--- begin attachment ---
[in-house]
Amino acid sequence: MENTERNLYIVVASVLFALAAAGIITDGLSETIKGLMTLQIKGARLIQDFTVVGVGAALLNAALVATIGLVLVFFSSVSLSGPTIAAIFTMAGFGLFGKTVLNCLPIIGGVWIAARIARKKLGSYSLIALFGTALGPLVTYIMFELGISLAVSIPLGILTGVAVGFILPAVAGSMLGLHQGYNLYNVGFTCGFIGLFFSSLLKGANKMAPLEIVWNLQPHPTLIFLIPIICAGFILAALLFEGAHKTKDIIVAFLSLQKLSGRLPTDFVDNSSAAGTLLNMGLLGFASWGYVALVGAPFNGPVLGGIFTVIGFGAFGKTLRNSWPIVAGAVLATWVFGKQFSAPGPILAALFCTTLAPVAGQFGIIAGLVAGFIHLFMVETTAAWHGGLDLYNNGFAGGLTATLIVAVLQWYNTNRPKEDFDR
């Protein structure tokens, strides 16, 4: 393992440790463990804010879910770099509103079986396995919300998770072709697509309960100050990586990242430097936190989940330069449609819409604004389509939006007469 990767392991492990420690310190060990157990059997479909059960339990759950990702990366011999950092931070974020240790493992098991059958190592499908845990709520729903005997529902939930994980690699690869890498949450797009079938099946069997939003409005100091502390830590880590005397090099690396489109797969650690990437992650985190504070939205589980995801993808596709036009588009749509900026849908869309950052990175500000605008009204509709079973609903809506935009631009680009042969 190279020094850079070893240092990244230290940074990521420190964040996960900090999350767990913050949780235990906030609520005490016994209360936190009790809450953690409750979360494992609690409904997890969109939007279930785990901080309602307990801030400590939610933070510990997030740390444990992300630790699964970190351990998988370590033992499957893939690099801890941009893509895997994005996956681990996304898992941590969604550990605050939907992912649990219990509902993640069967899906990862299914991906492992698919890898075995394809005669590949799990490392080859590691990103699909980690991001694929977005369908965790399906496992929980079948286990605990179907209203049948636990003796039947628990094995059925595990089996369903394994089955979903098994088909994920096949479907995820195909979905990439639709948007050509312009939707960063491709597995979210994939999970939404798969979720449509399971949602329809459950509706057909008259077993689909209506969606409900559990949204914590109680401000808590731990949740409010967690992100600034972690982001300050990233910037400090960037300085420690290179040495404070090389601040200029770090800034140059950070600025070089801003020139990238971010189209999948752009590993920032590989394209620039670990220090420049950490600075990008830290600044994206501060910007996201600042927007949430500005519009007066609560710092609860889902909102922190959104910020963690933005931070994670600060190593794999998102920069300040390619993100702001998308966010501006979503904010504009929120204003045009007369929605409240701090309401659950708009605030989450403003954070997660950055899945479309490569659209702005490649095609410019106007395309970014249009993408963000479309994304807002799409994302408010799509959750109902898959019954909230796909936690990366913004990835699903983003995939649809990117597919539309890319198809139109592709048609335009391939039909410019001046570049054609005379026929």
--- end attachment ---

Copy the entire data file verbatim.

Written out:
[in-house]
Amino acid sequence: MENTERNLYIVVASVLFALAAAGIITDGLSETIKGLMTLQIKGARLIQDFTVVGVGAALLNAALVATIGLVLVFFSSVSLSGPTIAAIFTMAGFGLFGKTVLNCLPIIGGVWIAARIARKKLGSYSLIALFGTALGPLVTYIMFELGISLAVSIPLGILTGVAVGFILPAVAGSMLGLHQGYNLYNVGFTCGFIGLFFSSLLKGANKMAPLEIVWNLQPHPTLIFLIPIICAGFILAALLFEGAHKTKDIIVAFLSLQKLSGRLPTDFVDNSSAAGTLLNMGLLGFASWGYVALVGAPFNGPVLGGIFTVIGFGAFGKTLRNSWPIVAGAVLATWVFGKQFSAPGPILAALFCTTLAPVAGQFGIIAGLVAGFIHLFMVETTAAWHGGLDLYNNGFAGGLTATLIVAVLQWYNTNRPKEDFDR
């Protein structure tokens, strides 16, 4: 393992440790463990804010879910770099509103079986396995919300998770072709697509309960100050990586990242430097936190989940330069449609819409604004389509939006007469 990767392991492990420690310190060990157990059997479909059960339990759950990702990366011999950092931070974020240790493992098991059958190592499908845990709520729903005997529902939930994980690699690869890498949450797009079938099946069997939003409005100091502390830590880590005397090099690396489109797969650690990437992650985190504070939205589980995801993808596709036009588009749509900026849908869309950052990175500000605008009204509709079973609903809506935009631009680009042969 190279020094850079070893240092990244230290940074990521420190964040996960900090999350767990913050949780235990906030609520005490016994209360936190009790809450953690409750979360494992609690409904997890969109939007279930785990901080309602307990801030400590939610933070510990997030740390444990992300630790699964970190351990998988370590033992499957893939690099801890941009893509895997994005996956681990996304898992941590969604550990605050939907992912649990219990509902993640069967899906990862299914991906492992698919890898075995394809005669590949799990490392080859590691990103699909980690991001694929977005369908965790399906496992929980079948286990605990179907209203049948636990003796039947628990094995059925595990089996369903394994089955979903098994088909994920096949479907995820195909979905990439639709948007050509312009939707960063491709597995979210994939999970939404798969979720449509399971949602329809459950509706057909008259077993689909209506969606409900559990949204914590109680401000808590731990949740409010967690992100600034972690982001300050990233910037400090960037300085420690290179040495404070090389601040200029770090800034140059950070600025070089801003020139990238971010189209999948752009590993920032590989394209620039670990220090420049950490600075990008830290600044994206501060910007996201600042927007949430500005519009007066609560710092609860889902909102922190959104910020963690933005931070994670600060190593794999998102920069300040390619993100702001998308966010501006979503904010504009929120204003045009007369929605409240701090309401659950708009605030989450403003954070997660950055899945479309490569659209702005490649095609410019106007395309970014249009993408963000479309994304807002799409994302408010799509959750109902898959019954909230796909936690990366913004990835699903983003995939649809990117597919539309890319198809139109592709048609335009391939039909410019001046570049054609005379026929």